Using data from EGDS (Leve et al. 2013), researchers have shown that birth parent depressive symptoms have no main effect on the development of fussiness in toddlers (age 9–18 months; Natsuaki et al. 2010), a borderline significant effect on externalizing problems in toddlerhood (age 27 months; Pemberton et al. 2010), and predict externalizing but not internalizing problems in early childhood (ages 18–54 months; Kerr et al. 2013).

The current study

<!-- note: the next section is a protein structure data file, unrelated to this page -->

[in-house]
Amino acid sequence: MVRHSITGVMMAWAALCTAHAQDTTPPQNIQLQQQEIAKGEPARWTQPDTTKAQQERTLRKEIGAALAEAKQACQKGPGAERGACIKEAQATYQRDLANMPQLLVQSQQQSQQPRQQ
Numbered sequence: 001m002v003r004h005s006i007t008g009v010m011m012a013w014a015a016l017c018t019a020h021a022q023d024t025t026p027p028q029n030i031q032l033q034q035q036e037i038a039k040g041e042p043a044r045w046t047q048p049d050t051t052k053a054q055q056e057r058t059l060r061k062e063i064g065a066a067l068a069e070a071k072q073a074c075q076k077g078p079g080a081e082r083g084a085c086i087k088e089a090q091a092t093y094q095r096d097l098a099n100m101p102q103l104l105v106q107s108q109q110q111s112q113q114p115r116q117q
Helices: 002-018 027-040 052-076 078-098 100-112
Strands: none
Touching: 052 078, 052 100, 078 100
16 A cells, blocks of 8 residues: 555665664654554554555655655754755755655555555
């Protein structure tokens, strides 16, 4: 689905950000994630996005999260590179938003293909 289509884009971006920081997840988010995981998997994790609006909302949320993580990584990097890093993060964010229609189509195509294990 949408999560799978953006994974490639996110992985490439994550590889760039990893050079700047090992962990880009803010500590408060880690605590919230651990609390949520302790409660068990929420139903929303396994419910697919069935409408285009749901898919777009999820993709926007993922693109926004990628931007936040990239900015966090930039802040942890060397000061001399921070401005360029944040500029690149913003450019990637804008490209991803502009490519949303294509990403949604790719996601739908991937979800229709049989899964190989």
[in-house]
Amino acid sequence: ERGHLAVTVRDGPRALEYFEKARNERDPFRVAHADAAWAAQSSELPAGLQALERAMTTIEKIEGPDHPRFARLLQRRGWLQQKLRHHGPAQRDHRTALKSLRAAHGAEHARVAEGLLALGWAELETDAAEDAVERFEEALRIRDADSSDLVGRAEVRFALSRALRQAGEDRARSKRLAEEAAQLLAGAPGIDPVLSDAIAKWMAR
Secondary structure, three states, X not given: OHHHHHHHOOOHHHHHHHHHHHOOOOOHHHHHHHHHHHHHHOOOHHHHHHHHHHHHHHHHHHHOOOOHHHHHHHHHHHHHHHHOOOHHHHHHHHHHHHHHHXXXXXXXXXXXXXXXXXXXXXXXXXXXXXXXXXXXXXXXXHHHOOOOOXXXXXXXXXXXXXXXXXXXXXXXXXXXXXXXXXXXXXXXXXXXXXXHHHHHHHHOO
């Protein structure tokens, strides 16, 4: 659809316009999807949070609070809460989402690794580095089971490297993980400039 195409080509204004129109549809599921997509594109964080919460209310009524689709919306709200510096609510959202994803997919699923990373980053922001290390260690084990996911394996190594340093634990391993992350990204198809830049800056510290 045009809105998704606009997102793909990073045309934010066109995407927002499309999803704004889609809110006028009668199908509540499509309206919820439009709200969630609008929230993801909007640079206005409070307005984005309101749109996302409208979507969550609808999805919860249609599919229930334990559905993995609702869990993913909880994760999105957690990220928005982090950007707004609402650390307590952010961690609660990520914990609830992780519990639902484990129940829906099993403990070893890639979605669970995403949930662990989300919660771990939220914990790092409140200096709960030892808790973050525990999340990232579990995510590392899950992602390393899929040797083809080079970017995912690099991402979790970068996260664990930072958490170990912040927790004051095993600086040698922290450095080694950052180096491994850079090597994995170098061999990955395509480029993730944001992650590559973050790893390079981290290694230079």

Some CoT and adoption findings are beginning to converge in a coherent story. For example, associations between parental depressive symptoms and offspring emotional problems remain after controlling for familial confounds (shared genes and extended family environment) (Cadoret et al. 1985; Tully et al. 2008; Silberg et al. 2010; Singh et al. 2011; Marmorstein et al. 2012; Kerr et al. 2013; Laurent et al. 2013a ). However, other results are inconsistent, with some studies finding an association between parental depression and offspring externalizing behaviours above and beyond familial confounds (Tully et al. 2008; Pemberton et al. 2010; Silberg et al. 2010; Kerr et al. 2013) where others do not (Singh et al. 2011; Marmorstein et al. 2012). Some findings stand out as unusual and in need of further examination. For example, parent depressive symptoms appear to have a non-significant genetic relationship with offspring internalizing problems but a significant association with offspring externalizing problems (Silberg et al. 2010; Singh et al. 2011; Kerr et al. 2013). Furthermore, no genetically informative study has yet tested for bidirectional effects between parental depressive symptoms and offspring psychopathology.